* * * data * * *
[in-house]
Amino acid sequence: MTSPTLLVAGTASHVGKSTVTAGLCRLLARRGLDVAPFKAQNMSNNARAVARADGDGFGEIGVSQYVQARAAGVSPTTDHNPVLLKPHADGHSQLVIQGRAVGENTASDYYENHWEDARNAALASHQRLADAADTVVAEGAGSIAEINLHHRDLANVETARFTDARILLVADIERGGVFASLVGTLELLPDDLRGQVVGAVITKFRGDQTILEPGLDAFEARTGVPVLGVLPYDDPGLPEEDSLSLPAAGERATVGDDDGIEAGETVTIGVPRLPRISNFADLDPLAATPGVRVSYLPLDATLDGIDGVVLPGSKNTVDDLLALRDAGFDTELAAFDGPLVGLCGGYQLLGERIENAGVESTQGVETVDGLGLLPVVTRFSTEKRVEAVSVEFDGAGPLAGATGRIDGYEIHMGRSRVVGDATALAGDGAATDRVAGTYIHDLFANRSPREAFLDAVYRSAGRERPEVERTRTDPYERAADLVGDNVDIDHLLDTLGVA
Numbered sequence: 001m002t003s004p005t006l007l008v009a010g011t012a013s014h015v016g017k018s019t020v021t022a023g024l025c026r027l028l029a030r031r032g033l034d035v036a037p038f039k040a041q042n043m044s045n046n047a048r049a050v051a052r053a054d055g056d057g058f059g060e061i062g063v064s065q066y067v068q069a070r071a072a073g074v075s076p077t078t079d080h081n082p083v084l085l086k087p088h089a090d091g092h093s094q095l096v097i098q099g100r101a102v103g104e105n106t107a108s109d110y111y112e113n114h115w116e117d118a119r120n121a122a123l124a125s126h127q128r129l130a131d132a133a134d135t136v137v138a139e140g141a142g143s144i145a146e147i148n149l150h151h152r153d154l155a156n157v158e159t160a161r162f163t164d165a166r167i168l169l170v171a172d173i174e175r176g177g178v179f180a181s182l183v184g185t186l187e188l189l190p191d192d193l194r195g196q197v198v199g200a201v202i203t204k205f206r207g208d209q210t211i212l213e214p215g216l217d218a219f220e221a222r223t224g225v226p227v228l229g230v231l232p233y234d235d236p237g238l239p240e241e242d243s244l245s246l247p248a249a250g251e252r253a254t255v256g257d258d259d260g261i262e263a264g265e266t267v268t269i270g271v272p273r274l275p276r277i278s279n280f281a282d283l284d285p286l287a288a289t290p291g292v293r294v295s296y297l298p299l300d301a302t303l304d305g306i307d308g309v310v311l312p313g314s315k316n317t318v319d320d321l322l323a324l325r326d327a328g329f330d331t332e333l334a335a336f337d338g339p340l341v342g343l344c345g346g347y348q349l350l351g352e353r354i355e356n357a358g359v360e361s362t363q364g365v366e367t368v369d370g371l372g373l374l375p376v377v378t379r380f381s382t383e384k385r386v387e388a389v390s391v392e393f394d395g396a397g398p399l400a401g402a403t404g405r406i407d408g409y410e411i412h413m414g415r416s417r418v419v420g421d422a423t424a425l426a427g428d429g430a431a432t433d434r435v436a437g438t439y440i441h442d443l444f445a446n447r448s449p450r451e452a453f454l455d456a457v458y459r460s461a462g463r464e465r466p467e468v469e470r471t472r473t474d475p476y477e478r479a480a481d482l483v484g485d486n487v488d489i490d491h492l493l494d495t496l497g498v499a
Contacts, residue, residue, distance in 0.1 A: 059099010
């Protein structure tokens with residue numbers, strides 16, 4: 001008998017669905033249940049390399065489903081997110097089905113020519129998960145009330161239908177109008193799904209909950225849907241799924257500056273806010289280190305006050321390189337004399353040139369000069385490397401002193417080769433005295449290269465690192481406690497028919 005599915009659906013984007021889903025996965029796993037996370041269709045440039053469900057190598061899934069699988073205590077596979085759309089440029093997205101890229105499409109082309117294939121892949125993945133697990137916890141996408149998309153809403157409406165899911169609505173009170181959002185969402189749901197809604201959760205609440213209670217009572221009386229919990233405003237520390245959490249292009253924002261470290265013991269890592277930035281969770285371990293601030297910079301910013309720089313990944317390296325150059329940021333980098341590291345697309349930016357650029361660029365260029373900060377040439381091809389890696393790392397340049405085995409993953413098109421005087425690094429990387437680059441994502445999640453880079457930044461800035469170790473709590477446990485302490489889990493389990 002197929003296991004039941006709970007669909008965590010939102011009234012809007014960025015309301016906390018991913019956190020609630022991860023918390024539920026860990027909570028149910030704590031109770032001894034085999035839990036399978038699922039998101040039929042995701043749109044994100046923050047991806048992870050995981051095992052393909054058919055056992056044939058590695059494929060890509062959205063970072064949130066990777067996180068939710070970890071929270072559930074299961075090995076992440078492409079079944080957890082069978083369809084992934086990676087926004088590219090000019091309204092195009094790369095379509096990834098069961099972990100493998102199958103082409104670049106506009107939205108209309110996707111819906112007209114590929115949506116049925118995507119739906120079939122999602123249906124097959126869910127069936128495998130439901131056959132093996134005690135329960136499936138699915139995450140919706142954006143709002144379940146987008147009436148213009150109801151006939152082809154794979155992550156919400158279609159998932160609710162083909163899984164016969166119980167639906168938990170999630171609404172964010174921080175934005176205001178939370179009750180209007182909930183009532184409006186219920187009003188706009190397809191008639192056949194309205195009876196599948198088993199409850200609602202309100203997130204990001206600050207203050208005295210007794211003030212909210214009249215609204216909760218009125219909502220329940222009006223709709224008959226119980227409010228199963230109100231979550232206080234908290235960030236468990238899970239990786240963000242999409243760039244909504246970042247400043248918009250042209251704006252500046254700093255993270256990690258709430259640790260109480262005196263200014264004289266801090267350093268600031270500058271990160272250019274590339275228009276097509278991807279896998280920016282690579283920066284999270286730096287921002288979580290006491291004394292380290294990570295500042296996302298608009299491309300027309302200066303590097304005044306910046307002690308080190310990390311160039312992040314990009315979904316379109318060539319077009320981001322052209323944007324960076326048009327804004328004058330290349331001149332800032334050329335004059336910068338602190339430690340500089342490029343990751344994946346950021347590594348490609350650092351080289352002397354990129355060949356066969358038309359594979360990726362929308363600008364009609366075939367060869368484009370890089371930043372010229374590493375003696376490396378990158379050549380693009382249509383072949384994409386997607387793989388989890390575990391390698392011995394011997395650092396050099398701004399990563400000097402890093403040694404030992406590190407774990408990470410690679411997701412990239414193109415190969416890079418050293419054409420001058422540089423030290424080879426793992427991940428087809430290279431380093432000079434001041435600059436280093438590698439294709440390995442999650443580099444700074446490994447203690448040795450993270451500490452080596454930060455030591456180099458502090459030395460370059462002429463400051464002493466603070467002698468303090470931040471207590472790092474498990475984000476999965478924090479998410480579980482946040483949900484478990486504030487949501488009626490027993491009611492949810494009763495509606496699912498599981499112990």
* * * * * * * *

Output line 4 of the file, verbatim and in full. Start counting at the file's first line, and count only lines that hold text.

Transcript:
Contacts, residue, residue, distance in 0.1 A: 059099010